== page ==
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An interview with Saeed Shirkavand

Long - lasting collaboration with economists

Saeed Shirkavand is an economist and faculty member at University of Tehran, assuming various executive roles in previous governments as well as the current administration. He believes that in addition to an organized and disciplined relationship between government and academics, there have been collaborations in various governments. He emphasized the crucial importance of such collaboration.

Translated by: Babak Nadery

Saeed Shirkavand is an economist and faculty member at University of Tehran, assuming various executive roles in previous governments as well as the current administration. He believes that in addition to an organized and disciplined relationship between government and academics, there have been collaborations in various governments. He emphasized the crucial importance of such collaboration. According to him, such meetings provide the academics with the chance to learn about the economic problems and put forward solutions. He said that the recent meeting with economists made it possible for them to face the realities and obstacles and provide solutions accordingly. He added that the exchange of information would build a consensus among them.



In your opinion which Iranian government after the revolution had the most extensive collaboration with economists and then implemented the provided solutions most effectively?
Generally speaking, after the Islamic Revolution academics have always had government executive roles at different time periods and at different levels. It happened in Mr. Moussavi, Mr. Hashemi, Mr. Khatami and Mr. Ahmadinejad's tenure and the relation with academics was never cut off. From a different point of view, in my assumption, a systematic and well-organized government- academics relation was never established throughout these years, of course in some administrations there were stronger bonds but as I just mentioned members of the academic community were not alongside the governments as a research and strategic planning institution.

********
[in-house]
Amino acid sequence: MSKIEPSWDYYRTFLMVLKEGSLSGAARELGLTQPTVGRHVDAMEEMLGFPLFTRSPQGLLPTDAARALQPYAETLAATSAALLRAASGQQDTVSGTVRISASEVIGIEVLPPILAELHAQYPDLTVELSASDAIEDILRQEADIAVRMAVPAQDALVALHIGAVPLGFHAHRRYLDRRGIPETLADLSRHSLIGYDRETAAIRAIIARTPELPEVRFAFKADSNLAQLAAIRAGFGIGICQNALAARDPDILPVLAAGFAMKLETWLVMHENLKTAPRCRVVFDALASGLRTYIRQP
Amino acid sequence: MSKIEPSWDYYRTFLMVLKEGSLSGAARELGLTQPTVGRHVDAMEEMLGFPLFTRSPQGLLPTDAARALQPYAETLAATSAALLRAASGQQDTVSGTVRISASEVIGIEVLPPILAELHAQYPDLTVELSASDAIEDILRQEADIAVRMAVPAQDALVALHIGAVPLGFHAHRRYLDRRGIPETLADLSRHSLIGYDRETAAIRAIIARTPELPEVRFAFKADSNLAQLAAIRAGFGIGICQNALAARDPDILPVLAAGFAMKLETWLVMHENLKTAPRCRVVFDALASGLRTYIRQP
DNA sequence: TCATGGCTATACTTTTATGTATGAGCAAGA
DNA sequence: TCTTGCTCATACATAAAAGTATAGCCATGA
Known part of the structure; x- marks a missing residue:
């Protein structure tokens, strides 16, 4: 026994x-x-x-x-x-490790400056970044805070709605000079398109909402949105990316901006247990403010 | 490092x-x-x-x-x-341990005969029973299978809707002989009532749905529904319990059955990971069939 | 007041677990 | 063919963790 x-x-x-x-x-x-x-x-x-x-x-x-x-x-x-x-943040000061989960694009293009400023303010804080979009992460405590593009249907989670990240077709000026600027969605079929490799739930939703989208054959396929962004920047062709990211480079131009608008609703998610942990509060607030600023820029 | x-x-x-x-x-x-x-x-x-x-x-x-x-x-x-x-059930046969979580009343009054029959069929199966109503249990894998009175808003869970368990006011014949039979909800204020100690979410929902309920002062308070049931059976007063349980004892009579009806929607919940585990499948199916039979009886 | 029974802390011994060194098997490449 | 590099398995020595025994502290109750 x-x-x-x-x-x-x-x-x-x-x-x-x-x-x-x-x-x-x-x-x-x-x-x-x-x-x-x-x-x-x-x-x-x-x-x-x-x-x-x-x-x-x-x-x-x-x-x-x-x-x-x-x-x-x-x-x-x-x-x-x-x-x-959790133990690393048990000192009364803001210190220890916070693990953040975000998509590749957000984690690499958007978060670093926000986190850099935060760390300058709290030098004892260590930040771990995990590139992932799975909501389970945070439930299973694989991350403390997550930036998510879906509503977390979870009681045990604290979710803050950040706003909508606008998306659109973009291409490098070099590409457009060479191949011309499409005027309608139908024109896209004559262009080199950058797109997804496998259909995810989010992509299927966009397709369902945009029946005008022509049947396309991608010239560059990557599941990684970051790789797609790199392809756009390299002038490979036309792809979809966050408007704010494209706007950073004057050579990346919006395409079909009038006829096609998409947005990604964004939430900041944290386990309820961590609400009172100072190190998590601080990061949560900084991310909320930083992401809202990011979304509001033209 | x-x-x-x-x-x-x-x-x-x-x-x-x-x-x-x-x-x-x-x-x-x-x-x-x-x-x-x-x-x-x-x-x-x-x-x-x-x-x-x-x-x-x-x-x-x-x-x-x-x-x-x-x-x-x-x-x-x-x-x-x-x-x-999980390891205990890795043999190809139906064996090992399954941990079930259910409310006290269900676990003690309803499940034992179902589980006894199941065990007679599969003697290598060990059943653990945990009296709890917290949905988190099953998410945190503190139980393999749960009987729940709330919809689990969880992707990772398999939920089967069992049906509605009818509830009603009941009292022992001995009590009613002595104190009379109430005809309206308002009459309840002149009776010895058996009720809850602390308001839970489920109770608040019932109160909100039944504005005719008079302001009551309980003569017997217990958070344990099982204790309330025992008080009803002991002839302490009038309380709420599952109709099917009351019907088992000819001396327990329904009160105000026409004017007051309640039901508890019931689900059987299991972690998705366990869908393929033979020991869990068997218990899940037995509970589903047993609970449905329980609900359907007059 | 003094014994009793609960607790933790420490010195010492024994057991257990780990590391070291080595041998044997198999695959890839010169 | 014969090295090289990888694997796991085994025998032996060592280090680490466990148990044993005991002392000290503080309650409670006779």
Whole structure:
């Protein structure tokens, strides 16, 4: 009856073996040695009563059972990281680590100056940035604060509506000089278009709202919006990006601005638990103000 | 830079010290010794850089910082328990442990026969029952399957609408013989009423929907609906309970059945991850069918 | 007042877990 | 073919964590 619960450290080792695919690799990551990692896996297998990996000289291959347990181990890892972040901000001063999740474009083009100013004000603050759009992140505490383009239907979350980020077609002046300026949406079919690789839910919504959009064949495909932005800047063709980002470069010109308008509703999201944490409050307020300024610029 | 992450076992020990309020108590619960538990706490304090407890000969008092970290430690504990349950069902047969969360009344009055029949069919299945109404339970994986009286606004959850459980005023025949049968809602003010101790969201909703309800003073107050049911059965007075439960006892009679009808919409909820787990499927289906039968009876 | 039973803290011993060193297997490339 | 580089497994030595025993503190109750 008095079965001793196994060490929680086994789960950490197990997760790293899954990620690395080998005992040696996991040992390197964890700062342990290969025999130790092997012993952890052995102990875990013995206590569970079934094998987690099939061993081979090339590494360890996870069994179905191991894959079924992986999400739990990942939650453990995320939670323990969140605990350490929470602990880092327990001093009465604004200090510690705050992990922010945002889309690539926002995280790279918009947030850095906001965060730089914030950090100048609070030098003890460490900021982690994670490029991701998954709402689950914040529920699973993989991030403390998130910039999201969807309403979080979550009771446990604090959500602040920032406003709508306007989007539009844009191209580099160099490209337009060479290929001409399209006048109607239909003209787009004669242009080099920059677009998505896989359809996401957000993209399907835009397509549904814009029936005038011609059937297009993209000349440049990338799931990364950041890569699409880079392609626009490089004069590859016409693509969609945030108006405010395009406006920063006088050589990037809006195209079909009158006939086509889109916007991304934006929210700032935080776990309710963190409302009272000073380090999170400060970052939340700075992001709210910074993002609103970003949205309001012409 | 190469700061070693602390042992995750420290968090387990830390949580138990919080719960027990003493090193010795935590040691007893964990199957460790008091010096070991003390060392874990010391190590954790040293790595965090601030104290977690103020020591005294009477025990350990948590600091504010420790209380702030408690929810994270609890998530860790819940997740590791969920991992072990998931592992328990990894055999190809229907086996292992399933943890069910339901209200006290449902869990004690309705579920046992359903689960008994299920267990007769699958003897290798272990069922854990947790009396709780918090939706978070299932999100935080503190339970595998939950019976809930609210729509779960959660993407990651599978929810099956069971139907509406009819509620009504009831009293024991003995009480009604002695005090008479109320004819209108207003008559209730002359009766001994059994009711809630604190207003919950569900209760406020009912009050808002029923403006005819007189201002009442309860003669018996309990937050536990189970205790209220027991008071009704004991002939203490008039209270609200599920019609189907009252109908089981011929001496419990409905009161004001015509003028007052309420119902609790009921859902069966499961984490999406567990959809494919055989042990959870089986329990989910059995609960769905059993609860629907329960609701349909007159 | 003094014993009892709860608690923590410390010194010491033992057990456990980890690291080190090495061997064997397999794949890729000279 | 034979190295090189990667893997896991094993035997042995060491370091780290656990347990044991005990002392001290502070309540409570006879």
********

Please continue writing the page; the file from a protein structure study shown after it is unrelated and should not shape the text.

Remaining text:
As far as I am concerned, during Mr. Khatami's tenure (reformists era) some progress was made in government-academics collaboration, in this regard, a think-tank was established to facilitate the interaction between scientists and the government officials. I would say that Mr. Khatami's administration had a better economic performance comparing to other administrations. With the help of academics effective measures were taken in order to bring in legislation and make progress.
Hassan Rouhani's government is following the same path by inviting economists and holding talks. In my opinion this is a great start and the exchange of information would build consensus among them. I hope this mutual collaboration will continue to grow in the future. We can have some technical commissions to provide effective solutions. On the other hand the government would be able to explicitly express its concerns and issues.

What is the most effective way for this collaboration? Is it as you mentioned establishing a think tank?
Let me put it in this way; the lack of coordination in government executive branch makes it hard to provide a framework for government-academic collaboration. I think that "contingency management" would be the right approach towards it; of course there might be an institution in the future.

Is it possible for the government to be open and collaborate with economists across the spectrum?